There’s a pretty popular story often shared on the internet about a college professor and a mason jar. It’s important to summarize that now before we continue with this post. In the story, the professor fills a mason jar with golf balls and asks their students if the jar is full. They unanimously say yes. Then, the professor pours a box of pebbles into the jar, filling the opening between the golf balls. Once again, they ask if the jar is full and once again, the students say yes.
Then, the professor picks up a bag of sand and empties it into the jar filling the remaining space. Again, “is this jar full?” Again, yes. Finally, the professor takes two cups of coffee and empties them into the mason jar. Then, they explain. The mason jar is to represent life. The golf balls represent the most important things: family, health, friends, passions. If everyone else was gone, but those golf balls remained, life would still be full.
The pebbles represent the other things that matter such as career, your home, your car, vacations. The sand is the small stuff like the chores list or what you’ll make for dinner. If you fill your jar first with sand or pebbles, they’ll be no room for the golf balls. And of course, the coffee is a reminder that no matter how “full” your life jar seems, they’ll always be room for coffee with a friend.
Like many, the first time I heard this, I was enamored by its sweetness and its effectiveness. Of course, I want to get my golf balls in order first. Don’t sweat the small stuff is something of a mantra in my family. This checked out perfectly. It wasn’t until recently, though, that I realized this metaphor could be applied to more than just life… specifically, that it could be applied to love.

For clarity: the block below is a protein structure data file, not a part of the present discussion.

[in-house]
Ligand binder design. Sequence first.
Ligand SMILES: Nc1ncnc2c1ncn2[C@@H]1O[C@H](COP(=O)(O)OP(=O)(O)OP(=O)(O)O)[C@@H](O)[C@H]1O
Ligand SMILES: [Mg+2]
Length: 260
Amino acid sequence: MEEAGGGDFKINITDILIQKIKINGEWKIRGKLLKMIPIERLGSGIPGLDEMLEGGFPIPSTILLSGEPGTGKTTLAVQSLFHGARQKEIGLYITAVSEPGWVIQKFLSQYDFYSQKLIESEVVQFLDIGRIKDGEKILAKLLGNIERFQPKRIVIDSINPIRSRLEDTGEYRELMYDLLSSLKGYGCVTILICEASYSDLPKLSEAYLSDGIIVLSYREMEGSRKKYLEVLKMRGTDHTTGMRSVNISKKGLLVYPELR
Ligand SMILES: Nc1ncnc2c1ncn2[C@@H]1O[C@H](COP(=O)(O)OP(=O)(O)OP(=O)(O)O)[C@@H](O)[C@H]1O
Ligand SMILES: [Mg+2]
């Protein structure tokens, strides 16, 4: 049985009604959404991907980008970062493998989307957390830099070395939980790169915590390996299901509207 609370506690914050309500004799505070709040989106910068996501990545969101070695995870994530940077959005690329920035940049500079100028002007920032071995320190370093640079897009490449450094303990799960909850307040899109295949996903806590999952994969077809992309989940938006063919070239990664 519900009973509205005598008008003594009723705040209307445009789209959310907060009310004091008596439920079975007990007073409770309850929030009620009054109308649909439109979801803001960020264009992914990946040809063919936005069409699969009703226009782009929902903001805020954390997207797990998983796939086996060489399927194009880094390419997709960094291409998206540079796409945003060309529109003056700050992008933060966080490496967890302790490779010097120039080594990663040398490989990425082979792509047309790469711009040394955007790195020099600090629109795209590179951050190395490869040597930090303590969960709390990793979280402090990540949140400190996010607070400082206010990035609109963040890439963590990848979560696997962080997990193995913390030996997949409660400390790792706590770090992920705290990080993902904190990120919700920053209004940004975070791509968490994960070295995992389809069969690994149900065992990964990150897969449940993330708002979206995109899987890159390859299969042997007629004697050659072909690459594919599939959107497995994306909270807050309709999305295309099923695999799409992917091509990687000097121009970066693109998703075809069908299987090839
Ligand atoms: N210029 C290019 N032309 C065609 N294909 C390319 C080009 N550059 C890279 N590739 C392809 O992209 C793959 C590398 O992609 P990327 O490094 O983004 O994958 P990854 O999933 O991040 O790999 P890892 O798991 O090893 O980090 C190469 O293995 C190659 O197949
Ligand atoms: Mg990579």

When I think of it this way, the golf balls seem to be the deep, non-negotiable values. Pebbles are the “nice to haves.” Sand is the totally unimportant but easily identifiable features and attributes. And boy is it easy to get distracted by pebbles and sand.
Many times I’ve fallen into the pebbles and sand traps. I thought about listing some examples here, but I also realize that what might be a pebble for me might be a golf ball for someone else. So rather than fall into my own mason jar of love reflection, I invite you to create your own.
What are your golf balls for love? What are the things that if nothing else was there, would still make your love and your relationship fulfilling? These are the big ones. These are the non-negotiables.
What are your pebbles for love? These things still matter. But not nearly as much as your golf balls.
And finally, your sand. It might seem counterintuitive to make a list of the “small stuff” that we previously said doesn’t matter much. But it’s as helpful to know what doesn’t matter as it is to know what does.
It’s easy to get carried away in perfectly aligned sand. But that doesn’t leave space for golf balls. Pretty eyes don’t carry near as much weight as the heart they’re connected to.